We need acknowledgment and validation that our emotional experience—whatever it may be—is legitimate. This is essential to being present and emotionally available, which is really the most helpful thing we do for anyone we care about it.

Validating/Respectful/Helpful Things to Say:

  • “Describe what you’re feeling, I’m listening.”
  • “I can see that you’re stressed.”
  • “I’m sorry that you have to go through this.”
  • “Is there anything I can do to be helpful?”
  • “I’m here for you—no matter what.”
  • “Be kind to yourself.”
  • “What do you need to do to take care of yourself?”
  • “Suffering is a part of life and you are not alone.”

Common misperceptions about life that exacerbate mental and emotional suffering include that we “should” be happy, that life should be as we want it, and that it shouldn’t be messy, uncertain, confusing, or painful. In this way, attempting to avoid suffering creates suffering. Seeking happiness is a prescription for unhappiness.

It’s important to honor the reality of our emotions by acknowledging them, allowing ourselves to feel them, and move through them—or (perhaps more accurately) allow them to move through us—rather than expending energy to avoid them or being overwhelmed by and acting out on them. In this way, we accept the totality of our emotional life. This is the essence of self-acceptance. And, it is only when we can truly accept ourselves—the light and the dark, the good, the bad, and the downright ugly, that we have access to wholeness, health, and healing.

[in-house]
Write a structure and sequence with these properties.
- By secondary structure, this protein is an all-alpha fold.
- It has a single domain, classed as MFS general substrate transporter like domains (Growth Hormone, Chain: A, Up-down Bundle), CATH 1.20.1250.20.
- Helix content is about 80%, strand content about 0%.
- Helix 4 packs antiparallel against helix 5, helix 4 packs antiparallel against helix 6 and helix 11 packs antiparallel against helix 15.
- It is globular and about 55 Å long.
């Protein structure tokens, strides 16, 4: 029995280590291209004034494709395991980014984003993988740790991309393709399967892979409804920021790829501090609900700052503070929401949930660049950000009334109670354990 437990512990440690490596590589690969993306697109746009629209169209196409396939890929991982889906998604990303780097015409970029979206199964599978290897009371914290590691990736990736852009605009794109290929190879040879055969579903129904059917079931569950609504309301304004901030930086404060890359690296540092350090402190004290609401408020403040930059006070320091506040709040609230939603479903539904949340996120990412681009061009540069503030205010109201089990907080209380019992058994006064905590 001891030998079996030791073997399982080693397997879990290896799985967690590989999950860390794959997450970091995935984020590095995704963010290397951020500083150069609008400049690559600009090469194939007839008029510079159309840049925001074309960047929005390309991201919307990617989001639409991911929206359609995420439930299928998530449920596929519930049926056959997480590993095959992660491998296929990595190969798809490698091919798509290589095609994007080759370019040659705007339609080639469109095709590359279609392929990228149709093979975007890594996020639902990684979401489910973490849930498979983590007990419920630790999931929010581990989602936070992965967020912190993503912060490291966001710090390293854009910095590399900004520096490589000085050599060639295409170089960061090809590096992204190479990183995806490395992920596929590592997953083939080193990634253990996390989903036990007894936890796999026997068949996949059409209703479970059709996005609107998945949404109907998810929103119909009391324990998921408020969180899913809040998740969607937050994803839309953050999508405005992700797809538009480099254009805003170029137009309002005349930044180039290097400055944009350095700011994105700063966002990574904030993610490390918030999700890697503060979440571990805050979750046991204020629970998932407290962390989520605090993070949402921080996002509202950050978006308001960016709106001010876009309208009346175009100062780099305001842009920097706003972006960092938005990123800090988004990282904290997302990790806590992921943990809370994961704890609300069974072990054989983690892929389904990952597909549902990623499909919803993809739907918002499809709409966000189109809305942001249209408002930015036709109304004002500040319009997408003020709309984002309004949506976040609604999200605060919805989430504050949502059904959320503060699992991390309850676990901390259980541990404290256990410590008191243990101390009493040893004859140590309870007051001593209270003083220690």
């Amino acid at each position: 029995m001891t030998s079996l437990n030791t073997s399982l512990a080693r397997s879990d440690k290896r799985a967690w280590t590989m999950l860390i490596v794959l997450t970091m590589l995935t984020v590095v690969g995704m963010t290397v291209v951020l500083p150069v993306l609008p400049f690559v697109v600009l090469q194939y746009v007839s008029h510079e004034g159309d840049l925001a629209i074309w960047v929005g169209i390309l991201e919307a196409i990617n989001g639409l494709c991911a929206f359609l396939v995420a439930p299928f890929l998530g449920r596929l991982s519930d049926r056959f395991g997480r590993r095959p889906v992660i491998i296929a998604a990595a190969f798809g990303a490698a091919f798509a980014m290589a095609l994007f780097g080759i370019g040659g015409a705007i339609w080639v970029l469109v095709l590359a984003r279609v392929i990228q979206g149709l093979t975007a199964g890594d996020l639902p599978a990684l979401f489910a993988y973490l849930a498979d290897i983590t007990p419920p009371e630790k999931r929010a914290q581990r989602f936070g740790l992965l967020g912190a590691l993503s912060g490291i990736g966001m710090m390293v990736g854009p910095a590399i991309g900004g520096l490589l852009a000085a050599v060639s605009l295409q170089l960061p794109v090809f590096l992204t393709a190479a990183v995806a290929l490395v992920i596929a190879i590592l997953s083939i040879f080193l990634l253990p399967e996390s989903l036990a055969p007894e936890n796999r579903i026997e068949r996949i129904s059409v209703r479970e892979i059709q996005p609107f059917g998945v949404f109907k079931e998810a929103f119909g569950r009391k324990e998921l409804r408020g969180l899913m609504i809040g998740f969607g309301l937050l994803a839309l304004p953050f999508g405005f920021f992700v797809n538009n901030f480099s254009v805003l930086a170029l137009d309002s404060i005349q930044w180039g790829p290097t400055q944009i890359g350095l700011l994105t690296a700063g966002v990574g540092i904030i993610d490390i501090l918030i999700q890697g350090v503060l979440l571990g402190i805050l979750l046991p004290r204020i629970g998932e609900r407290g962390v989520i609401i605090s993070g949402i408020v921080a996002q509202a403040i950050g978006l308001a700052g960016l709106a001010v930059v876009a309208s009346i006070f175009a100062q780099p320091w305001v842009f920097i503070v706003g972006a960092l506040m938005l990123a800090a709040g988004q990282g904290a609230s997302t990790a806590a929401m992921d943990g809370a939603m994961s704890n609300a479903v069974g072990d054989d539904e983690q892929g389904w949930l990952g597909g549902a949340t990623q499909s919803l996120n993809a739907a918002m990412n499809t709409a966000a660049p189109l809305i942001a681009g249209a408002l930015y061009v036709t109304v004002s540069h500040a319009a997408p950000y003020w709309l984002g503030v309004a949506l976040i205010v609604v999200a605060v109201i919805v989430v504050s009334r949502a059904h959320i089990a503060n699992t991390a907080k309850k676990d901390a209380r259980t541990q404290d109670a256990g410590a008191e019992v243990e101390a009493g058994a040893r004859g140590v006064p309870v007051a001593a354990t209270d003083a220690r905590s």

Copyright 2020 Dan Mager, MSW

Author of Roots and Wings: Mindful Parenting in Recovery and Some Assembly Required: A Balanced Approach to Recovery from Addiction and Chronic Pain.


[1] Côté, S., Gyurak, A., & Levenson, R. W. (2010). The ability to regulate emotion is associated with greater well-being, income, and socioeconomic status. Emotion (Washington, D.C.), 10(6), 923–933.

[2] Wegner DM, Schneider DJ, Carter SR 3rd, White TL. Paradoxical effects of thought suppression. J Pers Soc Psychol. 1987 Jul;53(1):5-13. doi: 10.1037//0022-3514.53.1.5. PMID: 3612492.